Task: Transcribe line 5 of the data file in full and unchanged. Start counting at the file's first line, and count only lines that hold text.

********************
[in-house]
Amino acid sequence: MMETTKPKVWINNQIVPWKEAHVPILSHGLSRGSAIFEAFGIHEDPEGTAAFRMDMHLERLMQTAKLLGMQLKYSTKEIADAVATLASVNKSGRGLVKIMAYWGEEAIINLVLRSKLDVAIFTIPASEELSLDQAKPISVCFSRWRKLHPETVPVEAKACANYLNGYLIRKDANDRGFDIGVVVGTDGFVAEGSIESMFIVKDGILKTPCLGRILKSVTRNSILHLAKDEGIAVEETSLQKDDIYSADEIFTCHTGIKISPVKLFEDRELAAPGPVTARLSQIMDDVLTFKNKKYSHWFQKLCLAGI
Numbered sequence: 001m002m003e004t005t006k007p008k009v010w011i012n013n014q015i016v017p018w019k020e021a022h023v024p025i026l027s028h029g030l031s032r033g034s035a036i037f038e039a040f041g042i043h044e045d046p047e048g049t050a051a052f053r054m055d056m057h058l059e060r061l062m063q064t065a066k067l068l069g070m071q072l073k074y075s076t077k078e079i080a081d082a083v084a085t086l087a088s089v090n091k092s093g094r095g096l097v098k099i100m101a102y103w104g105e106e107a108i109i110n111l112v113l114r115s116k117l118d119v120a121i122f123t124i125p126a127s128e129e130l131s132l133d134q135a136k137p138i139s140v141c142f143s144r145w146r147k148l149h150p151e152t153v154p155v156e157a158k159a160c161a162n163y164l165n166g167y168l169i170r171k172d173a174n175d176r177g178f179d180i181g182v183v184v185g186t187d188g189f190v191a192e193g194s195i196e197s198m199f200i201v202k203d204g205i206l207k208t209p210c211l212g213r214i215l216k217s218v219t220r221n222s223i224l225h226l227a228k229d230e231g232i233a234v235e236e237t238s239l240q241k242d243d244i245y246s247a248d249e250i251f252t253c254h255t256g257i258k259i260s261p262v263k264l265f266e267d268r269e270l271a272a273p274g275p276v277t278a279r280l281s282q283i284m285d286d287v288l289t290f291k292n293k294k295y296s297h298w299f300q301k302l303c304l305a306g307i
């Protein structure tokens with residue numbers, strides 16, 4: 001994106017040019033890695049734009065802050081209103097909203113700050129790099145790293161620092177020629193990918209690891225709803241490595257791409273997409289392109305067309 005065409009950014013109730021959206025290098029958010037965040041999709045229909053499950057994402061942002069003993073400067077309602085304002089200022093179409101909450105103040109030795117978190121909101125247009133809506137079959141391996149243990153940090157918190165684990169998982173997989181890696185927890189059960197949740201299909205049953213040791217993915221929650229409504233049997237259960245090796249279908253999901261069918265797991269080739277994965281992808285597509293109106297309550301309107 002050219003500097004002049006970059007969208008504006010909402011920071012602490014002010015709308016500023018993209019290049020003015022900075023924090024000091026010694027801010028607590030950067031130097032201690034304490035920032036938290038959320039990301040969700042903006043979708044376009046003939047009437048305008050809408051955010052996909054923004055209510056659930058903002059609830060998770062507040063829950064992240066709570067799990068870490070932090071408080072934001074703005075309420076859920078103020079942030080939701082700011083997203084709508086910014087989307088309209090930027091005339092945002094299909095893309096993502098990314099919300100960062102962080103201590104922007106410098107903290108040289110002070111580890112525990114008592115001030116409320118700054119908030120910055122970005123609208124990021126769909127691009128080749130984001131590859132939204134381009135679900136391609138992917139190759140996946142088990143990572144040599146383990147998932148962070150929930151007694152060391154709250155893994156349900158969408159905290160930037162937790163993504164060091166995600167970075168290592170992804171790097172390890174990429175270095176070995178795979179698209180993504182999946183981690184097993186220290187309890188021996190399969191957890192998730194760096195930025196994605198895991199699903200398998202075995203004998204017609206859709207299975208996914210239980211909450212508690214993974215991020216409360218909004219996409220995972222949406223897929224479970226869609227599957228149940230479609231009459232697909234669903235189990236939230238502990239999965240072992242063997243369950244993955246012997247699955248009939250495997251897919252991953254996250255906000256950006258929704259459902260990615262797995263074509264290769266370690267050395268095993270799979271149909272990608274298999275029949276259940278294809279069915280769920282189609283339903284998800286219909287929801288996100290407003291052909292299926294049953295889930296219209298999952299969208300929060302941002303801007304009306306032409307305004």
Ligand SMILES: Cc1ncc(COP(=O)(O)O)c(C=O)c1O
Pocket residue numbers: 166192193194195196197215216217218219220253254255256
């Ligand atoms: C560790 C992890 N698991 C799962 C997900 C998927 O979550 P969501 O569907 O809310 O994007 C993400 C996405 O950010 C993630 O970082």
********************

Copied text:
Ligand SMILES: Cc1ncc(COP(=O)(O)O)c(C=O)c1O